Too much structure makes your incentive travel qualifiers feel like herded school children. Everyone thinks incentive travel design is a breeze. After all, how hard can it be to plan some fun? The fact is, all too often even the pros' programs are plagued with design problems. Here are six of the most treacherous traps and some advice on how to avoid getting snared.

TRAP #1 If the Boss Likes It, They'll Like It Most destination decisions are based on the preferences of senior executives. Shame on us. Why are we running the trip in the first place?

Avoid the trap: The destination choice should be based on its appeal to the target audience--not the sponsor. When in doubt, survey your potential attendees. Do your homework and present it to management. If you don't make your case for a destination, they'll make it for you.

TRAP #2 Too Many Qualifiers Expectations for incentive trips run high. Your goal is to exceed them. You will almost certainly fail if you skimp on key elements. Four main variables determined program cost; the latter three determine trip quality: number of attendees, destination, trip duration, and inclusions (meals, special events, gifts). Too often companies are inflexible about the size of the group, preferring to stretch the budget with a lesser destination, shorter itinerary, or bargain meals.

Avoid the trap: Spend what it takes. It's better to reduce the number of qualifiers and spend more on fewer people. If you can't afford to create an unforgettable experience, find another reward.

TRAP #3 Inadequate Promotion If you think a travel incentive will sell itself, you're wrong. Creative promotion creates the buzz. You can make do with a skimpy mailing if you're headed to Bali, but you'll get killed if it's Arizona in August.

Avoid the trap: Promote, promote, promote. Every place has its selling points. Less sexy destinations can be promoted by playing up their history, geography, or culture. Sell the destination.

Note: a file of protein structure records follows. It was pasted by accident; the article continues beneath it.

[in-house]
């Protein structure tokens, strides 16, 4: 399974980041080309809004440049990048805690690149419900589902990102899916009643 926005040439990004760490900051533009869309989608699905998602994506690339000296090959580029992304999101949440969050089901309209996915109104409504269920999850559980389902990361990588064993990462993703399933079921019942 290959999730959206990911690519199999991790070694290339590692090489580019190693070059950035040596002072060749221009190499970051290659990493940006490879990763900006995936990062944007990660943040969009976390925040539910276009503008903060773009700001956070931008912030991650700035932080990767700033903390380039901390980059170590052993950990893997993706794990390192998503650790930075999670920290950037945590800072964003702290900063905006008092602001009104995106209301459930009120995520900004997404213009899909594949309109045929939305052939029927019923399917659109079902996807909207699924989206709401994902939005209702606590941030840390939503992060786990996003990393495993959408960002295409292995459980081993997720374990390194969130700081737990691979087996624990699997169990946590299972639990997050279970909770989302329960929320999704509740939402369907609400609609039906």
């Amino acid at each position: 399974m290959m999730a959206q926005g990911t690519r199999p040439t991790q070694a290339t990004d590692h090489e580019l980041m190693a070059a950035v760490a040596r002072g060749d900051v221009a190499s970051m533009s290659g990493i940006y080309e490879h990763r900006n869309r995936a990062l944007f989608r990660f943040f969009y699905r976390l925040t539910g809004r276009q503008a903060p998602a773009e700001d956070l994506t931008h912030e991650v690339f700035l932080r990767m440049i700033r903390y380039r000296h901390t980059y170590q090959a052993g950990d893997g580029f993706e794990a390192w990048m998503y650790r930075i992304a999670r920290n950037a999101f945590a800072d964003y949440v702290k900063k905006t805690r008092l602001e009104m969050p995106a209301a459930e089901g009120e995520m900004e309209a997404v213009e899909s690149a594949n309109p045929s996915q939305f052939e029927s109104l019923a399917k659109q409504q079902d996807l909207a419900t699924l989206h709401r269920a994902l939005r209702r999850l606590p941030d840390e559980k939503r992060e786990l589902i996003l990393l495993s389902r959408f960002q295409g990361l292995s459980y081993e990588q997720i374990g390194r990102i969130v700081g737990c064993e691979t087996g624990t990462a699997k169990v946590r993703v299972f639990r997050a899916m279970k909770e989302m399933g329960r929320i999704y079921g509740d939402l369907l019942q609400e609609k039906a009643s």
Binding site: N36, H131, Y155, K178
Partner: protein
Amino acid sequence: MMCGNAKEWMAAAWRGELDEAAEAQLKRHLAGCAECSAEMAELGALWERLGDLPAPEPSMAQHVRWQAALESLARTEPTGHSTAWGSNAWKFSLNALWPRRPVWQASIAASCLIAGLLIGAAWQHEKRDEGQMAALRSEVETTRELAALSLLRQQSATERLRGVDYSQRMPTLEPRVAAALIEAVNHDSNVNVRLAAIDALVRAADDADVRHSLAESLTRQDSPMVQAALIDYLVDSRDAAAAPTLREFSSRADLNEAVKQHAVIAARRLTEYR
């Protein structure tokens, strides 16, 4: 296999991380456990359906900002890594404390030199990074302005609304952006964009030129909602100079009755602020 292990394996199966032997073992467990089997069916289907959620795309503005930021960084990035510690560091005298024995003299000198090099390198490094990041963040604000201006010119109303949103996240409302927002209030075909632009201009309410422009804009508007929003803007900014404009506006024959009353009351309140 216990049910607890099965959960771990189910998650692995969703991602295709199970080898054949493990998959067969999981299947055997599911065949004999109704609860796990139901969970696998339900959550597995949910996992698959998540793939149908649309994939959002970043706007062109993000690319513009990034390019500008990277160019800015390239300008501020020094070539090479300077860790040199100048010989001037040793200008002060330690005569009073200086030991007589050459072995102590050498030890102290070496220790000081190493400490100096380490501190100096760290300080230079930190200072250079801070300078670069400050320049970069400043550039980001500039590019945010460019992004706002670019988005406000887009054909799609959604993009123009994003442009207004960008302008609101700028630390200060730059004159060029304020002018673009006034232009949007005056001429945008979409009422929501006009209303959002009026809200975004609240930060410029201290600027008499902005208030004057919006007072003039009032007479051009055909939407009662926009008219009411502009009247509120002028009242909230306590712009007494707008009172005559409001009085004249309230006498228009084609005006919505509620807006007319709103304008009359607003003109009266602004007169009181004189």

TRAP #4 The Trip Is the Recognition The opportunity for personal recognition sets group travel apart, but companies often fail to take advantage of it, planning only the standard, final banquet.

Avoid the trap: Recognition is everything. Give your execs as much information on your winners as they can absorb--who had the greatest sales improvement, who's a returning winner, and so on. Encourage them to mingle with the winners and also plan special situations, such as assigned seating (top winners with top execs) and private dinners.

TRAP #5 All Fun and No Business Ever notice how qualifiers corner your executives at every cocktail party and poolside bar? Why? They've got something to say. Too often planners assume that structured meetings should not be part of the incentive agenda because participants just want to have fun. In fact, the opposite is true. They want to talk.

Avoid the trap: Senior management forums and town hall meetings can create interaction in a semi-structured, informal environment. People feel recognized when they get the opportunity to air their beefs or make recommendations.

TRAP #6 Too Much Planning Many incentive planners carefully plan every minute of every day. But as much as qualifiers value interaction with other top performers, too much structure makes them feel like herded school children.

Avoid the trap: Balance is everything. Schedule group and team building activities early so people can renew acquaintances. Later, provide resources for attendees to "customize" their trip. They'll love you for it, and they'll be back next year.